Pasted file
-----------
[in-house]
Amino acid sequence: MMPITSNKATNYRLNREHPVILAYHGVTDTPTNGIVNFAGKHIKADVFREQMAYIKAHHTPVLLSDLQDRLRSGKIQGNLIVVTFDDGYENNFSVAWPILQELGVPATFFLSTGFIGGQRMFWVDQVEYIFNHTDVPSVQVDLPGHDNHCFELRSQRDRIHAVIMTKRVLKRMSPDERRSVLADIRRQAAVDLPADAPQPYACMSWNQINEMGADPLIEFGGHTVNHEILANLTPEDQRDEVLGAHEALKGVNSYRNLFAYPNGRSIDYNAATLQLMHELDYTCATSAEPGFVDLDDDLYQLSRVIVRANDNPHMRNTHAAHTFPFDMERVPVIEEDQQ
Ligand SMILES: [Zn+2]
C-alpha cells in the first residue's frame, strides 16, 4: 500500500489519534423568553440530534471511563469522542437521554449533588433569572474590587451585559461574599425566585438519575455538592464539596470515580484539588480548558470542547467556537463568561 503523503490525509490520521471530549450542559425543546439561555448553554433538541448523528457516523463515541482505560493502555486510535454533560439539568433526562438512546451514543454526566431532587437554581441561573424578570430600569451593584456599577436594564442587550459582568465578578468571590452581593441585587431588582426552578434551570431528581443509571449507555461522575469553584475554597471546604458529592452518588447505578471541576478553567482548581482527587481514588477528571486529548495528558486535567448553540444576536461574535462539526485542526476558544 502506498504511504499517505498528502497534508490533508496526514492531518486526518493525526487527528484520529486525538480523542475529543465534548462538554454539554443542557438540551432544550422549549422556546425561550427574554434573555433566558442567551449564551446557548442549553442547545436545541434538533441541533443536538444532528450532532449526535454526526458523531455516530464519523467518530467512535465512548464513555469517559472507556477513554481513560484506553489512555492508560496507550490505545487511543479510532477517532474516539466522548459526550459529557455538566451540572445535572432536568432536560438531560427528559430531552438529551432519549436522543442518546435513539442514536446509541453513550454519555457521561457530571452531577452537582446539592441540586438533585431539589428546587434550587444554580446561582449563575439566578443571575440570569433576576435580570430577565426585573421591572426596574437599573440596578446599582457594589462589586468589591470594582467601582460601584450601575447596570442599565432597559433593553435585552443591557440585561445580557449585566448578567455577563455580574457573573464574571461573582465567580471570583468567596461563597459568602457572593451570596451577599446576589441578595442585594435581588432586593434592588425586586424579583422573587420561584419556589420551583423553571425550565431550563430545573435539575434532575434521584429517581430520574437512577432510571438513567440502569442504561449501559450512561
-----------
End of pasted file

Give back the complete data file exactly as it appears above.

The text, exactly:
[in-house]
Amino acid sequence: MMPITSNKATNYRLNREHPVILAYHGVTDTPTNGIVNFAGKHIKADVFREQMAYIKAHHTPVLLSDLQDRLRSGKIQGNLIVVTFDDGYENNFSVAWPILQELGVPATFFLSTGFIGGQRMFWVDQVEYIFNHTDVPSVQVDLPGHDNHCFELRSQRDRIHAVIMTKRVLKRMSPDERRSVLADIRRQAAVDLPADAPQPYACMSWNQINEMGADPLIEFGGHTVNHEILANLTPEDQRDEVLGAHEALKGVNSYRNLFAYPNGRSIDYNAATLQLMHELDYTCATSAEPGFVDLDDDLYQLSRVIVRANDNPHMRNTHAAHTFPFDMERVPVIEEDQQ
Ligand SMILES: [Zn+2]
C-alpha cells in the first residue's frame, strides 16, 4: 500500500489519534423568553440530534471511563469522542437521554449533588433569572474590587451585559461574599425566585438519575455538592464539596470515580484539588480548558470542547467556537463568561 503523503490525509490520521471530549450542559425543546439561555448553554433538541448523528457516523463515541482505560493502555486510535454533560439539568433526562438512546451514543454526566431532587437554581441561573424578570430600569451593584456599577436594564442587550459582568465578578468571590452581593441585587431588582426552578434551570431528581443509571449507555461522575469553584475554597471546604458529592452518588447505578471541576478553567482548581482527587481514588477528571486529548495528558486535567448553540444576536461574535462539526485542526476558544 502506498504511504499517505498528502497534508490533508496526514492531518486526518493525526487527528484520529486525538480523542475529543465534548462538554454539554443542557438540551432544550422549549422556546425561550427574554434573555433566558442567551449564551446557548442549553442547545436545541434538533441541533443536538444532528450532532449526535454526526458523531455516530464519523467518530467512535465512548464513555469517559472507556477513554481513560484506553489512555492508560496507550490505545487511543479510532477517532474516539466522548459526550459529557455538566451540572445535572432536568432536560438531560427528559430531552438529551432519549436522543442518546435513539442514536446509541453513550454519555457521561457530571452531577452537582446539592441540586438533585431539589428546587434550587444554580446561582449563575439566578443571575440570569433576576435580570430577565426585573421591572426596574437599573440596578446599582457594589462589586468589591470594582467601582460601584450601575447596570442599565432597559433593553435585552443591557440585561445580557449585566448578567455577563455580574457573573464574571461573582465567580471570583468567596461563597459568602457572593451570596451577599446576589441578595442585594435581588432586593434592588425586586424579583422573587420561584419556589420551583423553571425550565431550563430545573435539575434532575434521584429517581430520574437512577432510571438513567440502569442504561449501559450512561